Visiting the “Oracle of Omaha”

3.5.2014 Accounting, Article, General, Leadership, School News

Wake Forest students prepare for the opportunity of a lifetime

Imagine you’re a minute late for a Q&A session with a major CEO, because your driver had the wrong address. As you wait anxiously in the lobby, the elevator doors open.

“Warren Buffett stepped out and said ‘Wake Forest? Let’s go!’” said Janey Kuyath, who is studying for her Master of Science in Accountancy degree. “He got on the elevator with a group of us and we all rode up together.  I do not think any of us could believe that had just happened! Then, once we got to the room upstairs, Wake Forest was seated in the front section!”

Buffett routinely invites students from top business schools to visit him in Omaha, Nebraska at Berkshire Hathaway.  He is its chairman, president and CEO and has been at the company’s helm for more than 50 years. According to TIME magazine, Berkshire Hathaway saw record profits in 2013 of $19.5 billion. If you are interested in business, his is THE brain to pick. Each of the eight schools has the chance to ask one or two questions. As you can imagine, they’re not softballs.

To get to this Q&A session, 20 Wake Forest School of Business students and faculty advisor Ya Wen Yang, assistant professor of accounting, spent more than a month preparing. They read “The Snowball: Warren Buffett and the Business of Life” by Alice Schroeder, all 832 pages. Since the students hailed from various graduate programs at the School of Business, they held book discussion groups in the evenings, virtually connecting the Reynolda and Charlotte campuses by videoconference to extract ideas from each chapter. Many students also researched news articles and other information about one of the most successful investors in history.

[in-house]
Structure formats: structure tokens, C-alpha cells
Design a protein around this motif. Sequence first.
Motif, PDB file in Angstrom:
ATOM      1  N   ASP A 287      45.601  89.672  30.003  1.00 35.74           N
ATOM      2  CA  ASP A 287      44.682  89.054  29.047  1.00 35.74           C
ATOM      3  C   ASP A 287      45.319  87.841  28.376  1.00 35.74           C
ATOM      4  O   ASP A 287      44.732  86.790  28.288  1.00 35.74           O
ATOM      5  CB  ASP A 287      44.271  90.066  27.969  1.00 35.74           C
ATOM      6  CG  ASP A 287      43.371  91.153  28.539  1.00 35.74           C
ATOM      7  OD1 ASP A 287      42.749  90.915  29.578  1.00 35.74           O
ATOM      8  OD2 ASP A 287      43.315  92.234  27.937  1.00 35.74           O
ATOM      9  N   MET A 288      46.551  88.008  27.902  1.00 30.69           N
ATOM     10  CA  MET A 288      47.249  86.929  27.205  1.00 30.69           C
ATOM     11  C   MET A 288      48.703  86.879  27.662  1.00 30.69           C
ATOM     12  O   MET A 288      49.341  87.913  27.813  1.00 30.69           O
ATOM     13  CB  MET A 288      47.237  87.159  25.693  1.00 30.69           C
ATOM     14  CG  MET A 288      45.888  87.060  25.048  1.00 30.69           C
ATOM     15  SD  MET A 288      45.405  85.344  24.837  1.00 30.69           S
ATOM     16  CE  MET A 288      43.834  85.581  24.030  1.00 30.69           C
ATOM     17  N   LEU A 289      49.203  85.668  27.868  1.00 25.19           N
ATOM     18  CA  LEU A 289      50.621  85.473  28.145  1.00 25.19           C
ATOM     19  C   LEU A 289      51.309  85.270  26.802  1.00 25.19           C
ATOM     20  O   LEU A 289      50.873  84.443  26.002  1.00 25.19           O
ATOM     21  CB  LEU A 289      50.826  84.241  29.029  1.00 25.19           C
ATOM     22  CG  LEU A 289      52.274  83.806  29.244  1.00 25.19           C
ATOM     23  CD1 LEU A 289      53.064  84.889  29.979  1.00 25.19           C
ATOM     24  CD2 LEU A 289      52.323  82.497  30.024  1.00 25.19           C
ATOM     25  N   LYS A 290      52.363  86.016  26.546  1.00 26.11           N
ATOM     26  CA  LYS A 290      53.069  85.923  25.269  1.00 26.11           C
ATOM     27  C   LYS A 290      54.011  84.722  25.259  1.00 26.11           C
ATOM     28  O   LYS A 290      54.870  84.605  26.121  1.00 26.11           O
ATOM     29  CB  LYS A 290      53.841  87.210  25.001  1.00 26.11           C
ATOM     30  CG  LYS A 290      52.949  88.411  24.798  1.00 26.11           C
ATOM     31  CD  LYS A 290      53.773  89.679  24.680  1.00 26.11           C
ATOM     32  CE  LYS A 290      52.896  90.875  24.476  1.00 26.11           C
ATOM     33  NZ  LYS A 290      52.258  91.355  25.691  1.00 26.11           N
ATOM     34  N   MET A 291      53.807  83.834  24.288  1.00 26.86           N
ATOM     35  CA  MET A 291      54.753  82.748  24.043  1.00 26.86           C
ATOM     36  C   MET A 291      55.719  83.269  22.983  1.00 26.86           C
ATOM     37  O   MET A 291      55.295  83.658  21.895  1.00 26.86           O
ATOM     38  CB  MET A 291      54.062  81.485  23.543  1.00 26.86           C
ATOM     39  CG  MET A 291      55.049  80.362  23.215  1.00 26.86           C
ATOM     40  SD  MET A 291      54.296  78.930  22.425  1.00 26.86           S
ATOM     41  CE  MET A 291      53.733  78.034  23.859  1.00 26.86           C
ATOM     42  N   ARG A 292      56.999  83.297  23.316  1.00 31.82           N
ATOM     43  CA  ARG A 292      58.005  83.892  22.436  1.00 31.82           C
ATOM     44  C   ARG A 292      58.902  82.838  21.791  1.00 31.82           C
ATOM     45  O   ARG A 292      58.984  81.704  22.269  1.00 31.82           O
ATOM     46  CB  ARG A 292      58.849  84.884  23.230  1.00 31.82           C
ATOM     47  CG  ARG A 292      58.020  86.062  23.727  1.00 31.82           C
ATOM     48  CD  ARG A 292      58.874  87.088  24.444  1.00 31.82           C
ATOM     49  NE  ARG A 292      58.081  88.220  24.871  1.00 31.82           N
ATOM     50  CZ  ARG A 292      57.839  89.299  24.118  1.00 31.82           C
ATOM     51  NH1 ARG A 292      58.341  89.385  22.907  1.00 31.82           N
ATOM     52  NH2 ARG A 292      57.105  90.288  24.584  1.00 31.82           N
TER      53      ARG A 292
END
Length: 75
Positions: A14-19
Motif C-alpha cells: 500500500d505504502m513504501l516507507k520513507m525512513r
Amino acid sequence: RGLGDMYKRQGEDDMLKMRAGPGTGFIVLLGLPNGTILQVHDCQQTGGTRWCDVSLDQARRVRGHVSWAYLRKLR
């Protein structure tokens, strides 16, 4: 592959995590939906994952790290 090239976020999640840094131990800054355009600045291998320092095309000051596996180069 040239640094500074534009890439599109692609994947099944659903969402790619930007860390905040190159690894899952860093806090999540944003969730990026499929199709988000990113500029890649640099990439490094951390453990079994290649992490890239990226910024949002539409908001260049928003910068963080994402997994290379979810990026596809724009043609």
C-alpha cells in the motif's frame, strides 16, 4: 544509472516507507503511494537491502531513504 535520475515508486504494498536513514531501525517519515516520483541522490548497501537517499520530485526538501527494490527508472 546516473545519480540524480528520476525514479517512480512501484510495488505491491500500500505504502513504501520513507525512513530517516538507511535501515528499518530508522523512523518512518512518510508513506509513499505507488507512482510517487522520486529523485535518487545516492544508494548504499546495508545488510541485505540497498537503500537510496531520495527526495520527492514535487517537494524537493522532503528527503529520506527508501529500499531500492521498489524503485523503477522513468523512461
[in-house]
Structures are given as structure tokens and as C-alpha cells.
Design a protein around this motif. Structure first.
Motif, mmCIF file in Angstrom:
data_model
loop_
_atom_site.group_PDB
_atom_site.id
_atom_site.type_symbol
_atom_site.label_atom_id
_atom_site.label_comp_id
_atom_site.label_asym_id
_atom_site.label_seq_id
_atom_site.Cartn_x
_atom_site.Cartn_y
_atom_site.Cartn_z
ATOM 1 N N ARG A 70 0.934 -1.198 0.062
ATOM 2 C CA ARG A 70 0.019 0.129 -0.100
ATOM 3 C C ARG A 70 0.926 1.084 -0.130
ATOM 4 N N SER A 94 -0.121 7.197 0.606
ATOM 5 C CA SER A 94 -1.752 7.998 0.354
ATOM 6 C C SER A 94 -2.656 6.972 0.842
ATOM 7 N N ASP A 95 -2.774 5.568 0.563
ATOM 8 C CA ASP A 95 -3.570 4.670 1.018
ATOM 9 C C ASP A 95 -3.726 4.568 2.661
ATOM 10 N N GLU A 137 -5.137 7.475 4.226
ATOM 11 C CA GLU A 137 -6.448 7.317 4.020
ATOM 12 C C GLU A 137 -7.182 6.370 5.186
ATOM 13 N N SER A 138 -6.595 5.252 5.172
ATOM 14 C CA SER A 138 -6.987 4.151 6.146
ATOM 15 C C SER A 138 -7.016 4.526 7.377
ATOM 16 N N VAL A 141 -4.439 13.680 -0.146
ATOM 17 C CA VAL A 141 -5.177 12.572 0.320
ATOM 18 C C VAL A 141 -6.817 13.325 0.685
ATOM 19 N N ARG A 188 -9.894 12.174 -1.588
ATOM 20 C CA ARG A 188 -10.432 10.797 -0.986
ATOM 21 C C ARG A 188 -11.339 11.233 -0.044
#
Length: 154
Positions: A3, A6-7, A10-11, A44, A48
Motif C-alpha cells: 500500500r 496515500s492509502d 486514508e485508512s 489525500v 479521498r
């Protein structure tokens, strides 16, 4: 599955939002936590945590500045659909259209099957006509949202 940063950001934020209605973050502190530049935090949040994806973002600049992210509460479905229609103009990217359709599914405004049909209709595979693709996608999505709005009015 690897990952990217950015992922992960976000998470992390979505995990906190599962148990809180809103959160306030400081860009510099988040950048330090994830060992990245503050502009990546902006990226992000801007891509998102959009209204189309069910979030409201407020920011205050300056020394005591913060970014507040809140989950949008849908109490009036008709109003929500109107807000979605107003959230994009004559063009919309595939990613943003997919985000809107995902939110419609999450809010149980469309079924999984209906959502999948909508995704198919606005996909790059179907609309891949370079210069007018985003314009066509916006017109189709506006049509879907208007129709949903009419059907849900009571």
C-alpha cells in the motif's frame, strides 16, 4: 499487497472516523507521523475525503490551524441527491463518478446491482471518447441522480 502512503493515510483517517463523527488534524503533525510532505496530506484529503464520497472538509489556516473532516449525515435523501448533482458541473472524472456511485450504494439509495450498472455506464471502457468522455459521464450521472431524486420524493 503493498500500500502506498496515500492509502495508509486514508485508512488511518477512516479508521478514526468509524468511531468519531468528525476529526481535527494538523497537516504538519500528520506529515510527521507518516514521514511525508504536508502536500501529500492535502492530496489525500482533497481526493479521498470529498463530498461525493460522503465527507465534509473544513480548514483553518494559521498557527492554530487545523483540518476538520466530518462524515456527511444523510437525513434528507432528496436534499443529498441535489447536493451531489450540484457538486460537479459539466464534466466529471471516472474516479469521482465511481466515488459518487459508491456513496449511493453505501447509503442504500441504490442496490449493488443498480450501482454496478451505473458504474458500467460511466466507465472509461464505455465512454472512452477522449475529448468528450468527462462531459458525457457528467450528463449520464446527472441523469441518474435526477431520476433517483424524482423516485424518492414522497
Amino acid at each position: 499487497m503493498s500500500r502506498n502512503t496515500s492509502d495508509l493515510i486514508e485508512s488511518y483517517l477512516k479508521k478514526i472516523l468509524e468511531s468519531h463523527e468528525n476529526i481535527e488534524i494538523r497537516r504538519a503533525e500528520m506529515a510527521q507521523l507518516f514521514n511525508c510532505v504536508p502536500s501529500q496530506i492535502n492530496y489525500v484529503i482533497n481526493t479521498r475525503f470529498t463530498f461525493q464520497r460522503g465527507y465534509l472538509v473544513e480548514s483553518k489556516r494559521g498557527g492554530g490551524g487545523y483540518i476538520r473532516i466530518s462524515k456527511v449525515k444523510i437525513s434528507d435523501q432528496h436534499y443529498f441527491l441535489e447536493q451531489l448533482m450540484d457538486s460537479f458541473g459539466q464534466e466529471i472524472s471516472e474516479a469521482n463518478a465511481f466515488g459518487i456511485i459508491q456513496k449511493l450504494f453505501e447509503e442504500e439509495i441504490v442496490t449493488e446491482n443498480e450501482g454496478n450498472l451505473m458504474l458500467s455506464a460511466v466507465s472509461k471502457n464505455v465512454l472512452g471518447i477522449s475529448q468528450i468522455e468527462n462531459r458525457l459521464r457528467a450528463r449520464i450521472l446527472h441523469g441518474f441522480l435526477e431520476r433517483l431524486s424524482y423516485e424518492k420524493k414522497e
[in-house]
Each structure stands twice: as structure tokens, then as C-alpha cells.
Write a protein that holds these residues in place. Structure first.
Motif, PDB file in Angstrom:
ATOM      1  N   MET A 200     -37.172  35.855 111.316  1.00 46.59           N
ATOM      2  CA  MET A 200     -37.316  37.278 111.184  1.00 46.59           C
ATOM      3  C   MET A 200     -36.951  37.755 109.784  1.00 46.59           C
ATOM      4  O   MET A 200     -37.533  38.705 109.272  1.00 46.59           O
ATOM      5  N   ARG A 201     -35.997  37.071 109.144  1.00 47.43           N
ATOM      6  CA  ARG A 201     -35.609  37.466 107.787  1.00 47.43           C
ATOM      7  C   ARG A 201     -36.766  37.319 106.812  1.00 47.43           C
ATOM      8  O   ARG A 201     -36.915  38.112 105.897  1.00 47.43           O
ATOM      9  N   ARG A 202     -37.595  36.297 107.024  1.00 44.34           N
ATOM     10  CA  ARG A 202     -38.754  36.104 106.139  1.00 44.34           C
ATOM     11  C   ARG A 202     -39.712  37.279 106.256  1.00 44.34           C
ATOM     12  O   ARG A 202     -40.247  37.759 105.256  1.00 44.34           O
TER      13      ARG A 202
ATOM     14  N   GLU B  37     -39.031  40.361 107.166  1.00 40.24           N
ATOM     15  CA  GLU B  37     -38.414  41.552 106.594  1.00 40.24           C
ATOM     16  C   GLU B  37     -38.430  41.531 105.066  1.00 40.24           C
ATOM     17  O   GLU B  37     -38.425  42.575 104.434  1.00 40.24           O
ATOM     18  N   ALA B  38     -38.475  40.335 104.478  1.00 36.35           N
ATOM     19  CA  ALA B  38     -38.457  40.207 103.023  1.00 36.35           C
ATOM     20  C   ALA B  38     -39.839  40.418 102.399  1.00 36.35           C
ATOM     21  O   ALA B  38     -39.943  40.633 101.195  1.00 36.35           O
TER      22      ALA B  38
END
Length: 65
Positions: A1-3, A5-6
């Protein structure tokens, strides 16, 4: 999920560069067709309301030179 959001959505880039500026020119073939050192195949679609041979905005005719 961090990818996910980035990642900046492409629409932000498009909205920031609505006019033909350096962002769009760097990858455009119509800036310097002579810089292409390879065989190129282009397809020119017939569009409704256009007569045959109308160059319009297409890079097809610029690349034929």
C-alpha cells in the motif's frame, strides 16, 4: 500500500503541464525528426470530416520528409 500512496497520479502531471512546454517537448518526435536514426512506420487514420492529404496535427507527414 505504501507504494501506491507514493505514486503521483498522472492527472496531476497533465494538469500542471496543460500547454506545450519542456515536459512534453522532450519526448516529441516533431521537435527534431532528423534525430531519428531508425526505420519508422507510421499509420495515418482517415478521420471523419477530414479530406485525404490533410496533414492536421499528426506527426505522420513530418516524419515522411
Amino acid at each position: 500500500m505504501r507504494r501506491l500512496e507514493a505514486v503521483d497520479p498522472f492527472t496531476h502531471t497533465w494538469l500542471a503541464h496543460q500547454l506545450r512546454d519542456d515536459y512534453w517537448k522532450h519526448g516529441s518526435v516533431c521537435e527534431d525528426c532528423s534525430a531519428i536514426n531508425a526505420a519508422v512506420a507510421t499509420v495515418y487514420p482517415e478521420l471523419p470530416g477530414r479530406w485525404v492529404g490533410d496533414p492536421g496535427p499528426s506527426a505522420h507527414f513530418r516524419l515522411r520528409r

But it wasn’t all book clubs, assignments and outside reading. There was a little friendly competition too. “Each student submitted questions they would like to ask Mr. Buffett,” said Yang, who accompanied the students to Omaha. “We put up all the questions and students voted on the top two questions. The students who wrote them would be delegated to ask them at the Q&A session.”

For Dhaval Shah, a second year MBA in the Charlotte Saturday program, that meant posing one of the Wake Forest questions. “If you were to be appointed the chairman of the Federal Reserve today, what would be your short-term and long-term policy goals?”

Shah said in answer Buffet joked that he would love to be the chairman since he would be a superhero who can decide on policies and print money. On a serious note, Shah said Buffett is pleased with what banks are doing now and that he would not make changes to the policies in the short-term and expressed confidence in current Federal Reserve Board chair Janet Yellen.  Shah said Buffet wrapped up by noting the economy has picked up pace in the last year and he remains very optimistic about the American economy and the future of this country.